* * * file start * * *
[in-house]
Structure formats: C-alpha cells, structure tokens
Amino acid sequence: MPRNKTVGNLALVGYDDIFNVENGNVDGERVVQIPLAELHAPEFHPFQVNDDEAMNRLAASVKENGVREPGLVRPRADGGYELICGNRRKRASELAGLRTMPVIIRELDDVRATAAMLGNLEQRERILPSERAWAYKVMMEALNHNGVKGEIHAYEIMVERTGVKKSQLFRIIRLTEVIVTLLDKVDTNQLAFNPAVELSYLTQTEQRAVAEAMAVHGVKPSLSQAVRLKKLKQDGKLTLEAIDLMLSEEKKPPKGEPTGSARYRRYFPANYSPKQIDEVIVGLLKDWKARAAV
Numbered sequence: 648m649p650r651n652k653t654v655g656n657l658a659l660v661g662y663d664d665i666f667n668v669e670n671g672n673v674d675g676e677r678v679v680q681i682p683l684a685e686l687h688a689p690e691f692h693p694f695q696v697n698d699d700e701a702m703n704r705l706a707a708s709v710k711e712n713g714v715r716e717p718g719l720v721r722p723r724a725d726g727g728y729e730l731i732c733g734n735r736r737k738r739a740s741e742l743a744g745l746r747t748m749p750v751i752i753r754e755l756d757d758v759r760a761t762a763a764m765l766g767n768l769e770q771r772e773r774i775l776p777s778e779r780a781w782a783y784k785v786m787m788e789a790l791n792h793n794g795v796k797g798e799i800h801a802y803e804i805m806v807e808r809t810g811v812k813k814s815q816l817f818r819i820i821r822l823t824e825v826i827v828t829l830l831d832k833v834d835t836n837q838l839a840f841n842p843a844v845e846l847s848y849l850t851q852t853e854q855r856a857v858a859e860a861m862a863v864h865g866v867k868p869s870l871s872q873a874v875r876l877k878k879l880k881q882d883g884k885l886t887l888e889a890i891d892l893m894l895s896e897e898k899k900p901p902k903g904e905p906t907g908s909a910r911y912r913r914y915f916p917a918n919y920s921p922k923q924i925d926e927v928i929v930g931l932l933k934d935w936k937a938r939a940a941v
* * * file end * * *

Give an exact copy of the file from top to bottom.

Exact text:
[in-house]
Structure formats: C-alpha cells, structure tokens
Amino acid sequence: MPRNKTVGNLALVGYDDIFNVENGNVDGERVVQIPLAELHAPEFHPFQVNDDEAMNRLAASVKENGVREPGLVRPRADGGYELICGNRRKRASELAGLRTMPVIIRELDDVRATAAMLGNLEQRERILPSERAWAYKVMMEALNHNGVKGEIHAYEIMVERTGVKKSQLFRIIRLTEVIVTLLDKVDTNQLAFNPAVELSYLTQTEQRAVAEAMAVHGVKPSLSQAVRLKKLKQDGKLTLEAIDLMLSEEKKPPKGEPTGSARYRRYFPANYSPKQIDEVIVGLLKDWKARAAV
Numbered sequence: 648m649p650r651n652k653t654v655g656n657l658a659l660v661g662y663d664d665i666f667n668v669e670n671g672n673v674d675g676e677r678v679v680q681i682p683l684a685e686l687h688a689p690e691f692h693p694f695q696v697n698d699d700e701a702m703n704r705l706a707a708s709v710k711e712n713g714v715r716e717p718g719l720v721r722p723r724a725d726g727g728y729e730l731i732c733g734n735r736r737k738r739a740s741e742l743a744g745l746r747t748m749p750v751i752i753r754e755l756d757d758v759r760a761t762a763a764m765l766g767n768l769e770q771r772e773r774i775l776p777s778e779r780a781w782a783y784k785v786m787m788e789a790l791n792h793n794g795v796k797g798e799i800h801a802y803e804i805m806v807e808r809t810g811v812k813k814s815q816l817f818r819i820i821r822l823t824e825v826i827v828t829l830l831d832k833v834d835t836n837q838l839a840f841n842p843a844v845e846l847s848y849l850t851q852t853e854q855r856a857v858a859e860a861m862a863v864h865g866v867k868p869s870l871s872q873a874v875r876l877k878k879l880k881q882d883g884k885l886t887l888e889a890i891d892l893m894l895s896e897e898k899k900p901p902k903g904e905p906t907g908s909a910r911y912r913r914y915f916p917a918n919y920s921p922k923q924i925d926e927v928i929v930g931l932l933k934d935w936k937a938r939a940a941v